Simon Calder, also known as The Man Who Pays His Way, has been writing about travel for The Independent since 1994. In his weekly opinion column, he explores a key travel issue – and what it means for you.
If you think it is a tough time to be a traveller – with endless bureaucracy and drastically constrained horizons – spare a thought for people who work in the travel industry, and particularly airports.
Not only are they enduring a precarious existence with cash trickling away, they are also uncomfortably in the front line of administering an unprecedented tangle of red tape. Airline staff must verify that every passenger meets the rules imposed by the authorities in their destination. If they get it wrong, and inadvertently allow someone ineligible to fly, the company gets fined – the last thing any travel firm needs.
Last Sunday, for example, Angela and Robert Kennedy were denied boarding their Jet2 flight from Leeds Bradford to Ibiza. They had complied precisely with the requirements to take a Covid test before departure and complete Spain’s passenger locator form. But they fell foul of an entirely separate issue: passport validity after Brexit.
When the UK chose to leave the European Union, we became a “third country” and subject to some tricky rules on travel documents. Like so many of the consequences of Brexit, the effects have been masked by the coronavirus pandemic. Now that international travel is being grudgingly opened up, barriers are manifesting themselves.
According to the EU’s assessment of passport validity, Mr and Mrs Kennedy had five months left from the day they were due to return from the Mediterranean island.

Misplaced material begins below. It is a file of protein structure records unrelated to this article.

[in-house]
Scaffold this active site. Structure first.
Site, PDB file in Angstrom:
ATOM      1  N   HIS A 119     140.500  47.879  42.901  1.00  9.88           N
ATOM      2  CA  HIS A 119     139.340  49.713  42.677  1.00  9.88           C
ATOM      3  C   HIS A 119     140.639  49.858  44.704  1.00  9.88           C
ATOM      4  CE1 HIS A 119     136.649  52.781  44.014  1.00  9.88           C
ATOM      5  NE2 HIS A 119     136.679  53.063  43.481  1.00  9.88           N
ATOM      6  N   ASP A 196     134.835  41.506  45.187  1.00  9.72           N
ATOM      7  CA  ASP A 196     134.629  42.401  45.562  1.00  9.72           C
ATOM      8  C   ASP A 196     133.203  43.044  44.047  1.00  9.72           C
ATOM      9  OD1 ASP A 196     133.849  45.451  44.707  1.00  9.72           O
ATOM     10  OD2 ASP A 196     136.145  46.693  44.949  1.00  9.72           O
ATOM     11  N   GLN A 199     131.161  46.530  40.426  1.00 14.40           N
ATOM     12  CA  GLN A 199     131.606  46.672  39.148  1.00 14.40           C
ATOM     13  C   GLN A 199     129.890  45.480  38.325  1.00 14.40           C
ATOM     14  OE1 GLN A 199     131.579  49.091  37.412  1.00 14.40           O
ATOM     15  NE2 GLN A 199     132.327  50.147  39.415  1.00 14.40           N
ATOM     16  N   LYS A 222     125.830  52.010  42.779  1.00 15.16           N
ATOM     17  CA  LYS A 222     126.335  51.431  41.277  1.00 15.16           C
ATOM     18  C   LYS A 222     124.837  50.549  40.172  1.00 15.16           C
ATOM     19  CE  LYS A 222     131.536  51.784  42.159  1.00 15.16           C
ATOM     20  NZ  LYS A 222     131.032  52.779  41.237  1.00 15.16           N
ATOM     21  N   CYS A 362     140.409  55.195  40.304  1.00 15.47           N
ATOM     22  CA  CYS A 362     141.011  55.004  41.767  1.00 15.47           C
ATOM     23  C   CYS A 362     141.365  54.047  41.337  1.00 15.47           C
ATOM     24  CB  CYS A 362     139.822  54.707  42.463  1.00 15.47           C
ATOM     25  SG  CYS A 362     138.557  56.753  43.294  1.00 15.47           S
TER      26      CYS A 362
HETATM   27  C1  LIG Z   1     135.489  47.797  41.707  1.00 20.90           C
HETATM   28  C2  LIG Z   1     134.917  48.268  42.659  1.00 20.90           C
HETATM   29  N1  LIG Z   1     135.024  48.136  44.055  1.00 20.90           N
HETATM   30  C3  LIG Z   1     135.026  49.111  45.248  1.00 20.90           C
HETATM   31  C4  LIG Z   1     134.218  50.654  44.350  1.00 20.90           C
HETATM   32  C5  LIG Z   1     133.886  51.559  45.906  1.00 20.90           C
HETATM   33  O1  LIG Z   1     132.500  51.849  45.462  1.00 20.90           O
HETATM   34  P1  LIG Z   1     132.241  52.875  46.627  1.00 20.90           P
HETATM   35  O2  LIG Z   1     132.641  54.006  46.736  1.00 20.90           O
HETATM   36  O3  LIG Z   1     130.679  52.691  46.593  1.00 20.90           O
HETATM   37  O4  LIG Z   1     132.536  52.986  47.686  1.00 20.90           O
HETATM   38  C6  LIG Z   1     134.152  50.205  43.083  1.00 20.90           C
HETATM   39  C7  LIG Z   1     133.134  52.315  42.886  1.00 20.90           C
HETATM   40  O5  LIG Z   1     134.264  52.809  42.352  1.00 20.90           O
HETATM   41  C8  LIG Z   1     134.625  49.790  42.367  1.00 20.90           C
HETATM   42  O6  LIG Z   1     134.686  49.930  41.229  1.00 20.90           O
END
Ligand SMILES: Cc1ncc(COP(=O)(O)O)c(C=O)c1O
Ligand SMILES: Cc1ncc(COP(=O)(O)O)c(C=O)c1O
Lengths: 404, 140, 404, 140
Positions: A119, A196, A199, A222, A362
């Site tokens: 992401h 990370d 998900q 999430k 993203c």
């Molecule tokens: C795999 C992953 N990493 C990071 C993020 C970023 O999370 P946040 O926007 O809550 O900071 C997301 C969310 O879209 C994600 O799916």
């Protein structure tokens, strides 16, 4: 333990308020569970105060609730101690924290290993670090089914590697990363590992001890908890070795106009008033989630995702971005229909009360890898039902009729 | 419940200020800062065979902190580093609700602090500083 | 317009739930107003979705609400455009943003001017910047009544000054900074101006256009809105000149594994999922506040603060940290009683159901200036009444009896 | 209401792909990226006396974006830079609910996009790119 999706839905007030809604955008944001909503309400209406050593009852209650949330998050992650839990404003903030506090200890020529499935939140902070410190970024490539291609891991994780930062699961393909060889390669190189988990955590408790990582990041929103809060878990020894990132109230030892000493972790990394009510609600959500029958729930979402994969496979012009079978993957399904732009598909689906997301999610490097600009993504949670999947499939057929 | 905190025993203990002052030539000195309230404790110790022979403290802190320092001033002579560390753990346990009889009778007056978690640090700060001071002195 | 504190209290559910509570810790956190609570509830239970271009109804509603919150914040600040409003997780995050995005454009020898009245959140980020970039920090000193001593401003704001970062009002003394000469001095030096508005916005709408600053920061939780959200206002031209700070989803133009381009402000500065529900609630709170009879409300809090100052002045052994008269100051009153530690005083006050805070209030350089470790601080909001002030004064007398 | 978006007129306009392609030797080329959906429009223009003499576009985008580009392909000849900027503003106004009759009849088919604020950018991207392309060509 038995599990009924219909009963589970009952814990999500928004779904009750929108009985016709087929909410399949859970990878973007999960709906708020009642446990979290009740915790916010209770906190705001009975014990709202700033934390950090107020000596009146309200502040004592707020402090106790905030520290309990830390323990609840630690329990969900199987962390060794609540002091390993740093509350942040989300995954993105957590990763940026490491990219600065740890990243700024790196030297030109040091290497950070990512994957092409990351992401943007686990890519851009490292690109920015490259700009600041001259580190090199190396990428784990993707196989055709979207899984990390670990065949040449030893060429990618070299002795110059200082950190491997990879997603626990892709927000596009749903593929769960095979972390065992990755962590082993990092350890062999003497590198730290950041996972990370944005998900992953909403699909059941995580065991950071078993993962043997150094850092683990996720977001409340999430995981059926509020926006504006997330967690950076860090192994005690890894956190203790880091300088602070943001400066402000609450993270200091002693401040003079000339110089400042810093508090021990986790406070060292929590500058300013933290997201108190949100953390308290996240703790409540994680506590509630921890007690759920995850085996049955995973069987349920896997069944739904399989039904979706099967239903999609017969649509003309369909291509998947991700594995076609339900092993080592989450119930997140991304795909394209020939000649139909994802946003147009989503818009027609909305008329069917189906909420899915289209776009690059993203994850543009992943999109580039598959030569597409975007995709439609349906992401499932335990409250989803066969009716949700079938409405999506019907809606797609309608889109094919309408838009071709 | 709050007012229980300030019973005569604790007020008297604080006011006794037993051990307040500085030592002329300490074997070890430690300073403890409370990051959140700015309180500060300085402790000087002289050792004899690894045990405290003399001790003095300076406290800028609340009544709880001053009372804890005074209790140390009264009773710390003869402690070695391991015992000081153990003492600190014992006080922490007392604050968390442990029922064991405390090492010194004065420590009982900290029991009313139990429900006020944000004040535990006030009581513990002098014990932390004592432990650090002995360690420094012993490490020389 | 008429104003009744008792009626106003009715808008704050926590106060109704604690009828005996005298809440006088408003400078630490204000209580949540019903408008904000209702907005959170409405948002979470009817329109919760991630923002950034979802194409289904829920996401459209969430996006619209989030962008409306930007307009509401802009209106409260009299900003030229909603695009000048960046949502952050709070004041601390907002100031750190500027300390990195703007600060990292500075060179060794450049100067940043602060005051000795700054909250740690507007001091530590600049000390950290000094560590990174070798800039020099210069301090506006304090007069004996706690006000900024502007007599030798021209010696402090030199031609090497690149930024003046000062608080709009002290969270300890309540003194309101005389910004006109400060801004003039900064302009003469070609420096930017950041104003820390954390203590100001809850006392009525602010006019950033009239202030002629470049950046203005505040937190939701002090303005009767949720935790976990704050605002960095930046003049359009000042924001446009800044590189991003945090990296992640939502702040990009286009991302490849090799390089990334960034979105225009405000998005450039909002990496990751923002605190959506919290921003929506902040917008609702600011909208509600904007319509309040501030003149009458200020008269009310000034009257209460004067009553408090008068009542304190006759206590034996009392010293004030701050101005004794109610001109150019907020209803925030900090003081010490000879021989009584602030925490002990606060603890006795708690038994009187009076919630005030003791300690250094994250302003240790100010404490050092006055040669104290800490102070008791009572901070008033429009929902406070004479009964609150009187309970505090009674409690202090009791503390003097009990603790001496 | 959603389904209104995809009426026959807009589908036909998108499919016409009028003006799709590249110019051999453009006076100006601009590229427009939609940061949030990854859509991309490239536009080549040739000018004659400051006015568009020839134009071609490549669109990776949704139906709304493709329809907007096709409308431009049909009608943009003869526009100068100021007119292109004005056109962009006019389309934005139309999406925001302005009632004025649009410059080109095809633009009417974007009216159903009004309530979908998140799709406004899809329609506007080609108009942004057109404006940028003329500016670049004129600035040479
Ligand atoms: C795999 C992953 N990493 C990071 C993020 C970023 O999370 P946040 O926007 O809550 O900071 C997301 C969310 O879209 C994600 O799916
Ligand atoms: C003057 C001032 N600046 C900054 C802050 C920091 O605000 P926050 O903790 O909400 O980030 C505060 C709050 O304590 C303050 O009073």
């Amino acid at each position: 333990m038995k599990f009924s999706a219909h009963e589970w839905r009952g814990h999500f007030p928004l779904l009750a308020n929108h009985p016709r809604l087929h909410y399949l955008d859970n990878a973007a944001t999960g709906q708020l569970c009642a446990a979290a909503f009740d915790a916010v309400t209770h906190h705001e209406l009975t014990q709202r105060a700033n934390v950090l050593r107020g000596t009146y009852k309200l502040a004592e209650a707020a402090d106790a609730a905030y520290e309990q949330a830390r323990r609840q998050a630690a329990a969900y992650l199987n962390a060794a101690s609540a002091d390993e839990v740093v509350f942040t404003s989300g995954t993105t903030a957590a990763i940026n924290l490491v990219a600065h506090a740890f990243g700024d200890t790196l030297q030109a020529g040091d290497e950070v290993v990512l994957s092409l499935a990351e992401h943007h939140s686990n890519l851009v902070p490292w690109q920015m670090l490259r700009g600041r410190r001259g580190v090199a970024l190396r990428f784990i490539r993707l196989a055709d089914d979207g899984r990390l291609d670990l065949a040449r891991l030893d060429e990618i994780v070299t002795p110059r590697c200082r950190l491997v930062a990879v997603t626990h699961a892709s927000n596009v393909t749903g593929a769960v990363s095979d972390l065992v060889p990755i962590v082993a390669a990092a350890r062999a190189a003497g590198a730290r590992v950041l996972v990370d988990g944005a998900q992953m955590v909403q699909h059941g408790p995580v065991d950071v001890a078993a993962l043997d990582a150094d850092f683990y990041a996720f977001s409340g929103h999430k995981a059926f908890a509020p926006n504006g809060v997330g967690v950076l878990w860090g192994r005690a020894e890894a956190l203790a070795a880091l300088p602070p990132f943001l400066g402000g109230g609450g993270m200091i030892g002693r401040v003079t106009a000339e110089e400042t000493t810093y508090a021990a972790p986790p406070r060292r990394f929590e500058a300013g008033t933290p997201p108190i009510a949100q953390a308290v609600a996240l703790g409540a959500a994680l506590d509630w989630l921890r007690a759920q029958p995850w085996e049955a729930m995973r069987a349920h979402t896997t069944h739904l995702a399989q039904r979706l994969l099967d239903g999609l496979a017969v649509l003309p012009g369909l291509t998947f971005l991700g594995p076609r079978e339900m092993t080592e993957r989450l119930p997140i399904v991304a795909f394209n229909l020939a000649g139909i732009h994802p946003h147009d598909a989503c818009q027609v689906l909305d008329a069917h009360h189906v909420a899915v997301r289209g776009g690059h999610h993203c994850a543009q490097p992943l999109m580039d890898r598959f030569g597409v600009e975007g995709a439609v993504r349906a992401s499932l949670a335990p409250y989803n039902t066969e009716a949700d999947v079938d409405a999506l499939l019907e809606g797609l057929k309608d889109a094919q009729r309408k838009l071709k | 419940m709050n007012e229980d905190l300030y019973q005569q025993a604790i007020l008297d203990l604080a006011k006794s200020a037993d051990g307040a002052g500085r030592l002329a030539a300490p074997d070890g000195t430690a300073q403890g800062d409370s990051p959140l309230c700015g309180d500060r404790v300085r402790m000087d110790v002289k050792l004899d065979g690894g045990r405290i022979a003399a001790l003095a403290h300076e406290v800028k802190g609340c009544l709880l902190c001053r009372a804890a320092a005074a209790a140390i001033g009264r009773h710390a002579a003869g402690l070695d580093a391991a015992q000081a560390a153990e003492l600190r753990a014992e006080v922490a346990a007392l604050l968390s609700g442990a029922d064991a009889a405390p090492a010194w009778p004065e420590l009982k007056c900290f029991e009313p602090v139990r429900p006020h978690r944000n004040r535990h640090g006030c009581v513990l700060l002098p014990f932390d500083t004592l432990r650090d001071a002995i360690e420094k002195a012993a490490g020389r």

“Sorry, you can’t travel”, Jet2 said. “Look”, the UK government says: “You need to have at least six months left.”
As I have said many times, it is the traveller’s responsibility to ensure they comply with the rules of the country they are visiting. Regrettably, though, the UK has wrongly interpreted the regulations for Spain and the rest of the Schengen Area.
You need three months’ validity from the day you intend to leave the zone. Why the government pretends otherwise is beyond me; I have repeatedly warned officials the advice is false and that people will be wrongly denied boarding. As it proved on Sunday.
When the Kennedys contacted me, understandably distressed and out of pocket, I contacted Jet2. To the firm’s considerable credit, within 24 hours they had agreed that the UK interpretation was incorrect and they would instead use the European Union rules. The couple were flown out with all the incidental costs covered by the holiday company, and Jet2 has urged the government to get its story straight.
Airports can be immensely stressful places at the best of times – particularly right now, with so many hidden hurdles to trip up the traveller. I fear that many flights to Malta, Mallorca and beyond are leaving with empty seats because befuddled passengers have failed to comply with vaccination or testing rules.
As travel unlocks later this month, with easier access for fully jabbed British travellers from “amber list” countries, the potential for upset will multiply. But please don’t take it out on the staff: they are doing their absolute best to get you away. With even the UK government compounding the confusion, everyone in travel’s front line deserves courtesy and respect.
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